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I have a JAR file that I'm using and I want to modify one of the files inside it. In a nutshell I have

public class ClassB {
    public void printMethod(){
       ClassA A = new ClassA();
       A.printout();
    }   
}

public class ClassA {
  public void printout(){
    System.out.println("1234");
  }
}

and I want to change ClassA's printout method to

public class ClassA {
  public void printout(){
    System.out.println("abcd");
  }
}

I know you cannot modify a JAR without unpacking/rebuilding it and for this, let's say I can't do that. Is there a way to make modifications to ClassA without actually touching the current ClassA? My approach is to have a new class inherit from ClassA with an overridden method and then have a new class inherit from ClassB that calls the Inherited ClassA

public class InheritedClassA extends ClassA{
  @Override
  public void printout(){
    System.out.println("abcd");
  }
}

public class InheritedClassB extends ClassB{
  @Override
  public void printMethod(){
    InheritedClassA A = new InheritedClassA();
    A.printout();
  }
}

I don't like this approach though because in my actual JAR, so many classes are using ClassA that its a nightmare trying to correctly do this with all of them, which then all require the same process on them. I know you cannot overload/overwrite a whole class which is basically what I want to do. Is there another way to do this?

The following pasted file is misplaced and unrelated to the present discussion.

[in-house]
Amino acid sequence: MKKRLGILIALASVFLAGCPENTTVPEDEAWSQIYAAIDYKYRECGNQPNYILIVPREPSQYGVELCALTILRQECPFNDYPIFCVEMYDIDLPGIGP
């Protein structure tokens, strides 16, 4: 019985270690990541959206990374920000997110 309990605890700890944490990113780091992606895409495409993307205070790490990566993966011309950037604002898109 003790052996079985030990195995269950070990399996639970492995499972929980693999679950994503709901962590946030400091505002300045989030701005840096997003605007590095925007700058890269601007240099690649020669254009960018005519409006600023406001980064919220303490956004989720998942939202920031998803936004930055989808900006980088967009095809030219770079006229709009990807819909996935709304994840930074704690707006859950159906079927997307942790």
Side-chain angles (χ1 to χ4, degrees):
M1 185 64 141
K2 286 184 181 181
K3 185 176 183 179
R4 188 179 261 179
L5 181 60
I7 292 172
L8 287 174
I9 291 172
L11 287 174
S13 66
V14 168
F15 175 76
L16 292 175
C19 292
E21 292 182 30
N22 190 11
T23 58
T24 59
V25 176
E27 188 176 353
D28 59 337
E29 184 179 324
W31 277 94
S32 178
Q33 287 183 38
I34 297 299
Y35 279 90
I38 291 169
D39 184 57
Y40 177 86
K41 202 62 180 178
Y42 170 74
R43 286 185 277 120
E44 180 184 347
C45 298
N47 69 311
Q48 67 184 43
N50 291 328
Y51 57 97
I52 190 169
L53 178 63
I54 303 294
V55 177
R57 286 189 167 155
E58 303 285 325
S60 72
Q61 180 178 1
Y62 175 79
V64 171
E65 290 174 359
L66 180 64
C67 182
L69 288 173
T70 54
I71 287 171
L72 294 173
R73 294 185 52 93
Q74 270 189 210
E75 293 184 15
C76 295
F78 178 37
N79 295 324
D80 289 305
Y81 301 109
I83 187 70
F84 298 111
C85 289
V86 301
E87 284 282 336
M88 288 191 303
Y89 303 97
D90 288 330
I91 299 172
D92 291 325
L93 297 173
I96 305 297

EDIT To make it even harder, I cannot download any new frameworks or software or anything.

share|improve this question
up vote 2 down vote accepted

One option which may not be feasible would be to create a new version of ClassA, package it up in its own jar file, and put that ahead of the original version in your classpath.

However, this is a pretty odd scenario - why can you not update the existing jar file? Even if that means a bit of extra work, it's likely to be much cleaner in the long run than any other approach.

share|improve this answer
    
I saw that option, but isn't that sketchy at best? And the not-touching-the-jar thing isn't my call, otherwise that's what I would have gone with. I'm going to try and convince people otherwise, but backup plans are good – Daniel Jul 30 '12 at 20:04
1  
@Daniel: Not sure what you mean by "sketchy". I believe it should be fine - that the classloader will treat earlier jars in the path in preference to later ones. Just make sure they're both loaded by the same classloader. As you say, it would be much nicer to update the other jar file though... – Jon Skeet Jul 30 '12 at 20:07

I can only provide pointers as I never felt the need for it.

What you are referring to is called "Bytecode enhancement", and yes there are several frameworks to achieve it.

BCEL - http://commons.apache.org/bcel/

ASM - http://asm.ow2.org/

Usually, java developers prefer to use the inversion of control pattern. This allows the code to configure itself at runtime via a configuration file - See Spring IoC for more details.

share|improve this answer
    
This is what I would do if I could. However, I can't add anything new to the System. Sorry I didn't specify that. – Daniel Jul 30 '12 at 20:10
    
Define, "New".. can you deploy new code? new libraries ? – Olivier Refalo Jul 30 '12 at 20:12
    
I am unable to download anything off the internet – Daniel Jul 30 '12 at 20:15

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